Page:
Workers, union leaders, their families and supporters marched in 14 communities across New Brunswick on Saturday in a demonstration of solidarity with front-line workers bargaining for a fair wage. The events were organized by the Canadian Union of Public Employees (CUPE) New Brunswick, the largest public sector union in the province.
Marches were held in Saint John, Moncton, Fredericton, Edmundston, Saint-Quentin, Campbellton, Bathurst, Tracadie, Perth-Andover, Woodstock, St. Stephen, Sussex, Sackville and Miramichi.
In Fredericton, the NB Media Co-op interviewed some of the approximately 250 marchers, including CUPE members and leaders from Ontario, PEI and the national office.
Gail Wylie, Former civil servant
“I’m just here in support of all the civil servants. I used to be one. And I thought about them often as the COVID was going on. I thought I couldn’t have coped as they’ve done. They’re so creative, and they’re so committed, and I just really appreciate the fact that they kept things going. And especially the health care. I think we should honour the fact that they are taking risks and they’re so talented at being able to adapt.”
Fred Hahn, President of CUPE Ontario
“I’m here from Ontario to show solidarity with our members in New Brunswick. What’s happening here is incredibly inspiring because frontline workers, public sector workers are facing the same challenges. Whether we’re in Ontario and New Brunswick, Alberta, across the country, we’re the folks who got our communities through the pandemic, in incredibly stressful, difficult situations. And now, governments seem to think that somehow, we’re the ones who should have to pay the price for that. And I’m so proud of our members here and the communities here for standing with them and organizing to say, ‘No, we’re not going to stand for that anymore. We’re going to demand better.'”
Abram Lutes, Provincial Coordinator, Common Front for Social Justice
“I’m marching for the Common Front for Social Justice. We support people in poverty, a stronger public sector and looking out for low wage workers, and what CUPE workers are bargaining and fighting for. Yes, it’s for their own wages and their own benefits, but they’re also fighting for a stronger public service for everybody in New Brunswick. We want to support that and see that through.”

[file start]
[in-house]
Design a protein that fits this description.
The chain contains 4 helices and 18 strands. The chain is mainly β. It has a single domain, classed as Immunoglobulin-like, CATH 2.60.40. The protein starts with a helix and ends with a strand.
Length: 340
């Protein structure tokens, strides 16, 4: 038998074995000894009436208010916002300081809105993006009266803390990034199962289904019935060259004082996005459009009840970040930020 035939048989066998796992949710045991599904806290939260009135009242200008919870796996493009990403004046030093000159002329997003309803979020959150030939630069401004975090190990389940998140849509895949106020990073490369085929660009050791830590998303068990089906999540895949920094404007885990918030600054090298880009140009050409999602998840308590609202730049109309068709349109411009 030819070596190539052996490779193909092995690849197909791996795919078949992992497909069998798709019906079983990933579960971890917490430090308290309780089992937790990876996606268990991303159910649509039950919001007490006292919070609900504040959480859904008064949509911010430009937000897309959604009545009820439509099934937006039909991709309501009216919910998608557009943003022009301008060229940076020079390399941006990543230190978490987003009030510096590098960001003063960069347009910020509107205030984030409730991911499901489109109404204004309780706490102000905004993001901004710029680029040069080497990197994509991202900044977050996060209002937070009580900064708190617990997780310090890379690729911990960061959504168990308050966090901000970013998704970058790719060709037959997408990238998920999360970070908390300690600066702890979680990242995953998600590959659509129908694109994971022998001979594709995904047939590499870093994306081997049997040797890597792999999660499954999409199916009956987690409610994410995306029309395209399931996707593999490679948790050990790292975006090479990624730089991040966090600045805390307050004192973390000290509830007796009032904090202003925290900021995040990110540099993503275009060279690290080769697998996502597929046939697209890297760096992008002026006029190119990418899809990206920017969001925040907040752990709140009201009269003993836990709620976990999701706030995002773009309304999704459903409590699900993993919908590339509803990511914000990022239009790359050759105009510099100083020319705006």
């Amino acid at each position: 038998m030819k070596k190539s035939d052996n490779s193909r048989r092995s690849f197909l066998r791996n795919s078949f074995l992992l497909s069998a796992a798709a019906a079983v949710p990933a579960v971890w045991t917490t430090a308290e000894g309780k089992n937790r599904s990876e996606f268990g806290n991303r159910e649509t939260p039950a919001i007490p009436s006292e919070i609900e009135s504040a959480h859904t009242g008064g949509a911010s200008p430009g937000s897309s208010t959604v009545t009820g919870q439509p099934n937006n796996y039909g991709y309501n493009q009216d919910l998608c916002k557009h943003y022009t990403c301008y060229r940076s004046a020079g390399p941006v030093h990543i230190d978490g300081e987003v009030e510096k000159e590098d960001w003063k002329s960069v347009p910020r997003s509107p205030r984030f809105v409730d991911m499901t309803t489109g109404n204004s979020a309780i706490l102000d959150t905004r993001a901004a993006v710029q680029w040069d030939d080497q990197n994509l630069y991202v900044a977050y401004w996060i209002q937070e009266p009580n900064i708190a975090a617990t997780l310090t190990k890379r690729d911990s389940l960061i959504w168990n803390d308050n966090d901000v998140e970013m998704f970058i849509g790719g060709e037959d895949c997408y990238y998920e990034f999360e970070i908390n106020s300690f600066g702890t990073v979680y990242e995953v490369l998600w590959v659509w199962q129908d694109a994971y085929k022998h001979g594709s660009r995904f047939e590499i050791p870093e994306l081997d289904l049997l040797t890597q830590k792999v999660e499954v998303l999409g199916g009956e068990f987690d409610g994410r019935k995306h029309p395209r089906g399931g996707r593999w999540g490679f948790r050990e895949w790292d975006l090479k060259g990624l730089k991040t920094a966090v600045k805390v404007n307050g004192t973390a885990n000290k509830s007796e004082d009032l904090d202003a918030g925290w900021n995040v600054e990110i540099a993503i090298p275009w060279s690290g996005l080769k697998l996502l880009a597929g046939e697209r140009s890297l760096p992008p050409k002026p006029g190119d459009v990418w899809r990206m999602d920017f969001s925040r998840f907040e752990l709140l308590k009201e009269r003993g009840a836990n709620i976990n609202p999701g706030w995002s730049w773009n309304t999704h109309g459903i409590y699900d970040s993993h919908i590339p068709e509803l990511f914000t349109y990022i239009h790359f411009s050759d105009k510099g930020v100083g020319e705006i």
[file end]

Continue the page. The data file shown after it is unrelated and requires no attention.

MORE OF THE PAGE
Leonard Gallant, President of CUPE PEI
“I came to New Brunswick and the march today to support our brothers and sisters over here. It’s important because fair wages are very important for everybody. So we’re just here to support these folks.”
Charles Fleury, CUPE’s National Secretary-Treasurer
“I’m here today to support our public sector workers and the bargaining teams. We have locals in New Brunswick without a collective agreement since 2017. And this march today is to support all our bargaining teams and also to recognize all the work our public members on the front have been doing during the pandemic, and they continue doing the job. We are 700,000 members across this country in CUPE, and I’m bring greetings from all these members across this country to support the workers in New Brunswick.”
David Coon, MLA for Fredericton South and Leader of the Green Party of New Brunswick
“I’m here for two reasons. One, I was invited. Two, I think it’s important to support our public workers or front-line workers. Government needs to respect the front-line workers. Government needs to ensure that they have good working conditions, a decent salary, and feel secure and safe in their in their jobs. And that’s not the way this government interacts with their own workers. And so that’s the way I would treat the workers if I were Premier. We have a government that doesn’t even respect its own citizens. So, if they don’t respect their own citizens, it’s hard to see how they’re going to respect public employees.”
Annie Lebreton, CUPE 1252